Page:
Steven Wilburn, chairman and chief executive of FirmGreen Inc., would love to do more projects in the United States. The Newport Beach, CA, renewable-energy company has developed a technology that converts dirty methane gas from decomposing landfill sites into clean and burnable methane.
Sergio Stacchini, president of Brazil’s Gás Verde,
with Steve Wilburn, of FirmGreen at the Novo
Gramacho project near Rio de Janiero
America’s 2,500 landfill sites produce about 37% of total gas emissions in the country, but FirmGreen focuses outside the borders. “It’s very difficult to do projects in our own backyard,” said Wilburn, who has been in the renewable energy business for 30 years. “It’s mainly because of credit constraints.”
FirmGreen’s newest project is one of the world’s largest dumps outside Rio de Janeiro in Brazil. The oddly named Jardim Gramacho was closed in June, 2012, after 34 years of operation on ecologically sensitive wetlands. The Jardim Gramacho landfill, one of 6,000 in Brazil, was featured in a 2010 documentary called Waste land by Brazilian modern artist Vik Muniz. The film, which documents the lives of Jardim Gramacho’s garbage pickers, called catadores, won an award at Sundance in 2010 and was also nominated for an Academy Award.
FirmGreen won the contract to essentially scrub the dirty landfill methane, now being produced at the rate of about 20,000 cubic meters per hour, and convert it to 9,000 cubic metres of fuel-grade biomethane gas. The biogas is shipped via a 3.7-mile pipeline to a nearby refinery run by Petroléo Brasileiro S.A. (Petrobras), Brazil’s national oil-and-gas company.
Called the Novo Gramacho project, Wilburn said the environmental impact will be huge. Not only will the foul methane from the massive 600-acre landfill site be dramatically reduced, the biogas will replace approximately 10% of the natural gas derived from fossil-fuel sources being consumed at the Petrobras refinery. Total greenhouse-gas reductions, he noted, are estimated to be 1.4 million metric tons annually, roughly the equivalent of removing 280,000 cars from the road each year.
The U.S. Export-Import Bank provided a $48.6 million loan to the owner of the project, Brazil’s Gás Verde, marking the first time the development bank has financed a biogas reclamation and development project. The Ex-Im bank said the 12-year loan was vital because long-term financing for renewable-energy projects is limited in Brazil. As well, FirmGreen, a major beneficiary of the project, faced competition from European companies backed by their own government-run loan agencies.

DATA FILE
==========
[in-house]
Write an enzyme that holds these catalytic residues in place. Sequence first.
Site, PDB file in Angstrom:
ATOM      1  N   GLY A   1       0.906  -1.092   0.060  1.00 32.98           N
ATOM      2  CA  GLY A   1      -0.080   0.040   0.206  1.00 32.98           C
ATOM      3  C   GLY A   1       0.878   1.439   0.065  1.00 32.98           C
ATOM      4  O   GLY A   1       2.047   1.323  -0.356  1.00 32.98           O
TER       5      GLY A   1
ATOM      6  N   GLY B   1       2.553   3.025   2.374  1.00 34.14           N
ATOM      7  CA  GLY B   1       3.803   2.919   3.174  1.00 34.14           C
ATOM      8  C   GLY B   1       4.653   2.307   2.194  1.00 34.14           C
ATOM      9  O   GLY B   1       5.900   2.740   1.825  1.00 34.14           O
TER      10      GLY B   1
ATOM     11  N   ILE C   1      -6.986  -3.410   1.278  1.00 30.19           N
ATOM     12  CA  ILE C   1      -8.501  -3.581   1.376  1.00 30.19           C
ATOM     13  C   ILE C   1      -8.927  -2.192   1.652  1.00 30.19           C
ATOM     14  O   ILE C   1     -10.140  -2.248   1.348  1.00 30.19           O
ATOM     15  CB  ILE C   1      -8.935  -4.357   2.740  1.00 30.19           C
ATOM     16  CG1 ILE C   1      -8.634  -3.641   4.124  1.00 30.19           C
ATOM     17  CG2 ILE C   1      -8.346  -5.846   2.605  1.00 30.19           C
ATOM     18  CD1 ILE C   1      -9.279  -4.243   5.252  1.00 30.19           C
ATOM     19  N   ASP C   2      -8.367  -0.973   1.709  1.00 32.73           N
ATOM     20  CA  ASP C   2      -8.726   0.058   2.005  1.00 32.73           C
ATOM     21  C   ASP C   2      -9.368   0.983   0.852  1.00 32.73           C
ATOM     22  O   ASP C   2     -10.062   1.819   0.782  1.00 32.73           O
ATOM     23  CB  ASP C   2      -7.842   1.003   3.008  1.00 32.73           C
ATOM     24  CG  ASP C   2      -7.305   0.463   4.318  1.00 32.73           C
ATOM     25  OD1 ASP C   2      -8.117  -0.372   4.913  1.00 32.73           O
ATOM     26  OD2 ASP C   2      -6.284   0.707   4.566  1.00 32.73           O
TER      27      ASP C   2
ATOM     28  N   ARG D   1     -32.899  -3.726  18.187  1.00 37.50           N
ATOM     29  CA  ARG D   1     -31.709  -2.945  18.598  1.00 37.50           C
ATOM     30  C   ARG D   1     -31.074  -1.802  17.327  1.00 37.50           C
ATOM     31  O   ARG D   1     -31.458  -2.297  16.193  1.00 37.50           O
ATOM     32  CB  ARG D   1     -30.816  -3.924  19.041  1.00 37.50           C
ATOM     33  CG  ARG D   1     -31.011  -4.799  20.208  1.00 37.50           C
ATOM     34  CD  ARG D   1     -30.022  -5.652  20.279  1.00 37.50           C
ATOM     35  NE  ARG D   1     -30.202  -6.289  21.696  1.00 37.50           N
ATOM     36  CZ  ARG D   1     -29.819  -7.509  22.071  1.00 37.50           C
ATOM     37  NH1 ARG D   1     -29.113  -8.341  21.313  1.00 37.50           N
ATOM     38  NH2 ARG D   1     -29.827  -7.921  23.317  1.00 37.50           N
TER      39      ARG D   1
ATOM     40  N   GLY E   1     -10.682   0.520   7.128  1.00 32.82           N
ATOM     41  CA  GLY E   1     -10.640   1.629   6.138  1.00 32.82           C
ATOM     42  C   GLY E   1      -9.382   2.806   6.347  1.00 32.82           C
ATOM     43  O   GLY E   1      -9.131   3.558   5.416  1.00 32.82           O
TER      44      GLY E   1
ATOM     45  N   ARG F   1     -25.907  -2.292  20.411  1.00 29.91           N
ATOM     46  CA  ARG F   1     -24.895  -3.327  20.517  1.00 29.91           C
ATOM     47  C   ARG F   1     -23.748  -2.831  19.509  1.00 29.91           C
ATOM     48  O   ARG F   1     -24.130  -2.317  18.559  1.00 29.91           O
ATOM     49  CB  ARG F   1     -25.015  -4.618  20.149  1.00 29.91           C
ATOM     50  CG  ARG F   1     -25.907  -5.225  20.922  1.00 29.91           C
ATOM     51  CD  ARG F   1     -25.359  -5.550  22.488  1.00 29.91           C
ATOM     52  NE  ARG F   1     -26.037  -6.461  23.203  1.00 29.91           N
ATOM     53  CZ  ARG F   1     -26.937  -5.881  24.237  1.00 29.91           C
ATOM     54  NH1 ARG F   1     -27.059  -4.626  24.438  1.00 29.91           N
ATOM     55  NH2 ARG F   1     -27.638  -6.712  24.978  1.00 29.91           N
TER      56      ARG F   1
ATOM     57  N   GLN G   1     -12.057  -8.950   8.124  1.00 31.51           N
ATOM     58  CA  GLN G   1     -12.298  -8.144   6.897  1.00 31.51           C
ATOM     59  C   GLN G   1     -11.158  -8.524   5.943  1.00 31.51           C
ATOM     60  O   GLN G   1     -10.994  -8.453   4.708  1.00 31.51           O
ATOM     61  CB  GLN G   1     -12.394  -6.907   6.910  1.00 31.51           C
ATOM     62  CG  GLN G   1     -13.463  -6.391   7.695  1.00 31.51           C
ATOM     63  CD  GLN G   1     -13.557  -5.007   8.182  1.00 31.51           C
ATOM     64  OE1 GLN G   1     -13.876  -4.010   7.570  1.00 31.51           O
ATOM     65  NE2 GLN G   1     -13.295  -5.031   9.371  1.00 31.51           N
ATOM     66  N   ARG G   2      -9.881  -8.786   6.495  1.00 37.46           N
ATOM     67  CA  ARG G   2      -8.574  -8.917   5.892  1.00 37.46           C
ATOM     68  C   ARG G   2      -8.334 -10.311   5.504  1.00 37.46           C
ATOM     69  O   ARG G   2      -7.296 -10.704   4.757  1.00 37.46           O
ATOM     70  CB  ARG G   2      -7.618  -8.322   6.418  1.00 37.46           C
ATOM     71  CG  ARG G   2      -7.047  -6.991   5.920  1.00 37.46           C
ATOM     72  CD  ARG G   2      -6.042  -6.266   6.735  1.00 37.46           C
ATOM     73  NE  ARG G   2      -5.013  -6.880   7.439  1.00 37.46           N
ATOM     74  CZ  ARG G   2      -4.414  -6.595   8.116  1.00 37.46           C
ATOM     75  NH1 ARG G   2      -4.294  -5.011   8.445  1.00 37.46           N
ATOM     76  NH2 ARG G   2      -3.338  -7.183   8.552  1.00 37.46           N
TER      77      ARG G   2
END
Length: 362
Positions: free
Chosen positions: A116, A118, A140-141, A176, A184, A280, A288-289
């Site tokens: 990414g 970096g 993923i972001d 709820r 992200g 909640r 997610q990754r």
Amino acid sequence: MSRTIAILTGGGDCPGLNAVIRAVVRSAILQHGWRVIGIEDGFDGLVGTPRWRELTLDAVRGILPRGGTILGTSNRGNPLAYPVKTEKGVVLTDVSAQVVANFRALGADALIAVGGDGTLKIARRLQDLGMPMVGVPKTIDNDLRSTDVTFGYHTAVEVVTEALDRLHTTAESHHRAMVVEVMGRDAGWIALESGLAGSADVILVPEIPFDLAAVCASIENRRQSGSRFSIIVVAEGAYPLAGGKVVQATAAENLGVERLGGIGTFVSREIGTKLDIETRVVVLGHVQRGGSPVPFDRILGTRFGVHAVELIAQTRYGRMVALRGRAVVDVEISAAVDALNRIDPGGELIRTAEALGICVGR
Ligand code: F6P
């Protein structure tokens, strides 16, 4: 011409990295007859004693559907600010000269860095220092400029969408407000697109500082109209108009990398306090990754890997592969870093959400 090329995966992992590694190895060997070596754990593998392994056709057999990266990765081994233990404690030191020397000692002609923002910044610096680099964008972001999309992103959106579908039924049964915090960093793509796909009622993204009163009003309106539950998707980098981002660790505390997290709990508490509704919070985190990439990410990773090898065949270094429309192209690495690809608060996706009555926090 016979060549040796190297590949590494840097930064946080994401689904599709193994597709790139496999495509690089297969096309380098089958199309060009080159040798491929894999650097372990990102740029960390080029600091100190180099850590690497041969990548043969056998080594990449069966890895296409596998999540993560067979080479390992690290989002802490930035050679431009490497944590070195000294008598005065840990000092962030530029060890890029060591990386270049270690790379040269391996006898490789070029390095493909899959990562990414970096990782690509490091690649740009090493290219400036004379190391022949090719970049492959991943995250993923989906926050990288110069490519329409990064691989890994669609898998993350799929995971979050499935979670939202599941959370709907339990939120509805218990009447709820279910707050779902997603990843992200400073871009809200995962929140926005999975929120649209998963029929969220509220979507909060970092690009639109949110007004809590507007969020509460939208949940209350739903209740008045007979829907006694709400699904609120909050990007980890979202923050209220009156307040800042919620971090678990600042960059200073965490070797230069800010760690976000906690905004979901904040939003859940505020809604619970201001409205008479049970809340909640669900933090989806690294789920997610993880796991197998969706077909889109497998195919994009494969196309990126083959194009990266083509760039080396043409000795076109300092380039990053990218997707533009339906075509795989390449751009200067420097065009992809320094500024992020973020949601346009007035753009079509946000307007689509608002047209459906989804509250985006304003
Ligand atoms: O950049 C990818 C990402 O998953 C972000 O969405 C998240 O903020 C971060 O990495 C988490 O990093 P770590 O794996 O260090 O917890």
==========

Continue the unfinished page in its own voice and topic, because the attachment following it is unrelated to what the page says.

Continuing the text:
Wilburn said the project should be in operation later this fall. “Within months, the Gás Verde project in Brazil will use FirmGreen technology to convert landfill gas to pipeline-quality natural gas.” He added the completed facility will set the standard to replicate at landfills worldwide, thus positioning FirmGreen as a leading exporter of green technology.
Sergio Stacchini, president of Brazil’s Gás Verde, stated: “We are dramatically reducing landfill emission, producing a cleaner, better product and improving the socio-economic status of the Gramacho area by creating jobs. It doesn’t get better than this.”
The benefits are also reaching back home to the United States. An expected 165 new jobs will be created at FirmGreen’s facilities and other U.S. companies. Guild Associates Inc., an engineering firm in Dublin, Ohio, is FirmGreen’s major subcontractor. The company fabricated the specialized gas-cleaning equipment and is also helping during the start-up of the biogas plant.
Besides CO2 “washing” — the process to clean dirty methane — FirmGreen also specializes in hydrogen production from renewable resources and fuel cell systems. Wilburn is the first to admit, however, that the Novo Gramacho project is a make-or-break deal for the green techology company and its 37 employees.
“A lot of eyes are on us now,” he said.